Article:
In a post-summit press briefing, Indian Commerce and Industry Minister Nirmala Sitharaman noted, “I did raise the issues of visa fees, student visas, and how Indian students no longer prefer to go to UK universities, which was the top priority earlier, because of the nature of visa regulations and requirements.” She added that, due to the current visa policy in the UK, Indian students were showing a greater preference for alternate destinations, such as Australia and New Zealand.
Brexit is of course the other major development that bears on the UK’s international attractiveness this year. A recent item in The Hindustan Times cites international education consultant and researcher Dr Rahul Choudaha, who anticipates that post-graduation employment and immigration prospects will become more restricted during and after the Brexit process. Even with the high quality and reputation of British higher education, he anticipates that this will further impact the attractiveness of the UK for foreign students. “UK universities rely heavily on international students to meet their enrolment goals,” he says. “Competing destinations like Australia and Canada with more welcoming immigration policies may benefit from this turbulence.”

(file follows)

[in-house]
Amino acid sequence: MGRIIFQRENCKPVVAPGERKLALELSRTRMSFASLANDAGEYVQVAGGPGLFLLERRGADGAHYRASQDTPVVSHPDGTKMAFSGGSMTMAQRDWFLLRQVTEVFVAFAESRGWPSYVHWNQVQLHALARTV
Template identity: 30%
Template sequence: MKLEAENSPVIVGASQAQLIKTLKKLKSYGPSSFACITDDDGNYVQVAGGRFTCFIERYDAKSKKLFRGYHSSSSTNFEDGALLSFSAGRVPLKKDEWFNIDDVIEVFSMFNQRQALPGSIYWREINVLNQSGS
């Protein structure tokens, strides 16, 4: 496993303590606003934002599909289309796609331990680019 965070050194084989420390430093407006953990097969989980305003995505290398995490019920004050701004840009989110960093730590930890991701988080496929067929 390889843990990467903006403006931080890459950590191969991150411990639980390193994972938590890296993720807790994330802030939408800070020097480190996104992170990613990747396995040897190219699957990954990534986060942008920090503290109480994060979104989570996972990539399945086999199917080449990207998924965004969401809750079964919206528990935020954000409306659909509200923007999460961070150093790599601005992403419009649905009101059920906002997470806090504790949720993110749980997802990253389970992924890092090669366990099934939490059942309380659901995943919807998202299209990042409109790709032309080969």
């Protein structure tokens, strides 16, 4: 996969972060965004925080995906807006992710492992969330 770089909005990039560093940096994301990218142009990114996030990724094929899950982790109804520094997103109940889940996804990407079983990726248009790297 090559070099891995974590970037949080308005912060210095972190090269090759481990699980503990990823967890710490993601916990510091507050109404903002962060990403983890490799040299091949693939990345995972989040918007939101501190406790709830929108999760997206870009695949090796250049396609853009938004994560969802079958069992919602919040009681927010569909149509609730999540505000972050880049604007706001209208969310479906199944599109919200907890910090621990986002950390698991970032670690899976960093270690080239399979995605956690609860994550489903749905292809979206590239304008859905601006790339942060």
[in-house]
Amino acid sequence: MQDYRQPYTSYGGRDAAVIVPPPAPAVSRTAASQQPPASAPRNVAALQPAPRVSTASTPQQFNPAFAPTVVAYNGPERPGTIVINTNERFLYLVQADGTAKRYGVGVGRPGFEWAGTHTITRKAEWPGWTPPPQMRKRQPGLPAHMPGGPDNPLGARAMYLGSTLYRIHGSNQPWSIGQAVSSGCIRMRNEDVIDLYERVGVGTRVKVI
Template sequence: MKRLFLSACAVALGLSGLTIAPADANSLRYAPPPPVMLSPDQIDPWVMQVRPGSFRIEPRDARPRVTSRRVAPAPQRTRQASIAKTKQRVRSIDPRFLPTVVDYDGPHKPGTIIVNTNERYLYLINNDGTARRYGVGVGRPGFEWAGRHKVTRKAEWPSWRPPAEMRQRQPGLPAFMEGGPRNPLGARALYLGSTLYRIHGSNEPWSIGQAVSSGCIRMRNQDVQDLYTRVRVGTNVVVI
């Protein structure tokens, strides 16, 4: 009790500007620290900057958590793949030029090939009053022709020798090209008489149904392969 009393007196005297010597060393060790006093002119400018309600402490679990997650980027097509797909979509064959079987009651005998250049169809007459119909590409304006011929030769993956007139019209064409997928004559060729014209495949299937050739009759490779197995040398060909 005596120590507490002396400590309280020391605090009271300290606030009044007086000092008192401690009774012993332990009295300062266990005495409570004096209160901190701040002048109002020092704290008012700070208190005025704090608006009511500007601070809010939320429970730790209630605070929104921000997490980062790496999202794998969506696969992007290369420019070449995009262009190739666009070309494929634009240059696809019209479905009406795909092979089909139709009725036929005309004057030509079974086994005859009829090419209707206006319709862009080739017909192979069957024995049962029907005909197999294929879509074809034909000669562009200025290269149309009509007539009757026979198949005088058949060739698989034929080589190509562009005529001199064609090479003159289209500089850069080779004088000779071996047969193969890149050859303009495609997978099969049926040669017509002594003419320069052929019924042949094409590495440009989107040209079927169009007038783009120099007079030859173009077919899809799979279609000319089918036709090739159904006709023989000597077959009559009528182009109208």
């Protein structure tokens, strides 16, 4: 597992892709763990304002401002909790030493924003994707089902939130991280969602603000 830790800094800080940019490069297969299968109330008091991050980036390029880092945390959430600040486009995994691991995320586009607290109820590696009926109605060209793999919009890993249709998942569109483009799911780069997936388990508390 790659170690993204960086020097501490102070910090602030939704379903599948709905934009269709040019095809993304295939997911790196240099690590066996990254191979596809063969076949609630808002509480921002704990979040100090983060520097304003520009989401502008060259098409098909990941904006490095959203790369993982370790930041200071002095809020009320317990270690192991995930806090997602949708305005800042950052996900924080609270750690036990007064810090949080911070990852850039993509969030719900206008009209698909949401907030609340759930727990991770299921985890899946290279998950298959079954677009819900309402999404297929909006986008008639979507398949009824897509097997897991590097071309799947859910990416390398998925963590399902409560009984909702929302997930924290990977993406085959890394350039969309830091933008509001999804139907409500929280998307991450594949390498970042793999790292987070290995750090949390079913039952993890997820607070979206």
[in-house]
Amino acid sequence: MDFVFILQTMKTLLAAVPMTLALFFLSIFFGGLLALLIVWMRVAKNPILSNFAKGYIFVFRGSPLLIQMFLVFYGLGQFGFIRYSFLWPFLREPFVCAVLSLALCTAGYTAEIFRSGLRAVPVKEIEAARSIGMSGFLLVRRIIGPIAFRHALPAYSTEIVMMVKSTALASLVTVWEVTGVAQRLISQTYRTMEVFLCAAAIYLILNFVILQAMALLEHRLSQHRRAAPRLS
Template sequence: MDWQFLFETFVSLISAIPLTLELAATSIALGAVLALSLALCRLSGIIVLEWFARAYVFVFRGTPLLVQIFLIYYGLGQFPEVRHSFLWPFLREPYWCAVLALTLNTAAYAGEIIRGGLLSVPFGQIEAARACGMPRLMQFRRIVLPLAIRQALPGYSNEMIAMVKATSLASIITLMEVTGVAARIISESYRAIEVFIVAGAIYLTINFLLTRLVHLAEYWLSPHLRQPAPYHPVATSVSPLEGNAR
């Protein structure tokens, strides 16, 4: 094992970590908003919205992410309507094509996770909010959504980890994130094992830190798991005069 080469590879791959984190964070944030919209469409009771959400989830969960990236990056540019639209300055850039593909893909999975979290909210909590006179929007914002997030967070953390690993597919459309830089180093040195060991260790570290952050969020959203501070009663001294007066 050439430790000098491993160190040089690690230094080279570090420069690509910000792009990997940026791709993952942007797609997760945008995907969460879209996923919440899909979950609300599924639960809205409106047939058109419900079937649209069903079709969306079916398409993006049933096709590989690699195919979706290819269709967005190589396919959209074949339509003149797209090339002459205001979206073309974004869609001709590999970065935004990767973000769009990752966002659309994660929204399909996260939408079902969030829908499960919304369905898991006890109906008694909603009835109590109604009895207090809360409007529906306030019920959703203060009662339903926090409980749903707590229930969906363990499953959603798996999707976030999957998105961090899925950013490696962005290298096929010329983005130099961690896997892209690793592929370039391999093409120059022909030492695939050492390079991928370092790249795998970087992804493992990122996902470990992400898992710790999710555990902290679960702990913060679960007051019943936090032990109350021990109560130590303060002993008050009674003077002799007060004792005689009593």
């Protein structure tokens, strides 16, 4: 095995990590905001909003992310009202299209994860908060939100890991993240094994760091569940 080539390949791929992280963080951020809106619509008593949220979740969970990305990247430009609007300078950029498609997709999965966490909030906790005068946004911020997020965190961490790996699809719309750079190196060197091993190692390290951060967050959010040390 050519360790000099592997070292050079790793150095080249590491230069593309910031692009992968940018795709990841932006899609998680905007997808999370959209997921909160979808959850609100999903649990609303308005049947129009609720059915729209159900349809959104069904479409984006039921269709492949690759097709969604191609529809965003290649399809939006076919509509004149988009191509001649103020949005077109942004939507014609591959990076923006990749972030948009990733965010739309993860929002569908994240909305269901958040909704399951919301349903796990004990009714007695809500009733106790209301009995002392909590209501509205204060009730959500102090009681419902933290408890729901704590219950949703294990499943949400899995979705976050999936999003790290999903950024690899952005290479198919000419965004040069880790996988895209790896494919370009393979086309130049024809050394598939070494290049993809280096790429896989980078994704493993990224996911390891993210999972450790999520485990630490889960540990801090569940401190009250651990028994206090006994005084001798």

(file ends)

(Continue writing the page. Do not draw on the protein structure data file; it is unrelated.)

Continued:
Where will they go? As these comments indicate, Australia and Canada are expected to be among the big winners if Indian outbound numbers continue to shift away from the US or UK to any great extent.
But other destinations will contend as well, notably Ireland, which recently extended its post-study work window for advanced degree-holders from 12 to 24 months, France (which too offers a 24-month “stay back” option for Indian graduates), and Germany (with its strength in STEM programmes and an 18-month post-study work window for foreign graduates).
The bottom line is that Indian students are looking for quality programmes but also for a clear and predictable path to work opportunities after graduation. To the extent that their prospects of securing a study visa, and eventually a post-study work visa leading to such international professional experience, are cast into doubt, they will increasingly and actively explore alternate destinations.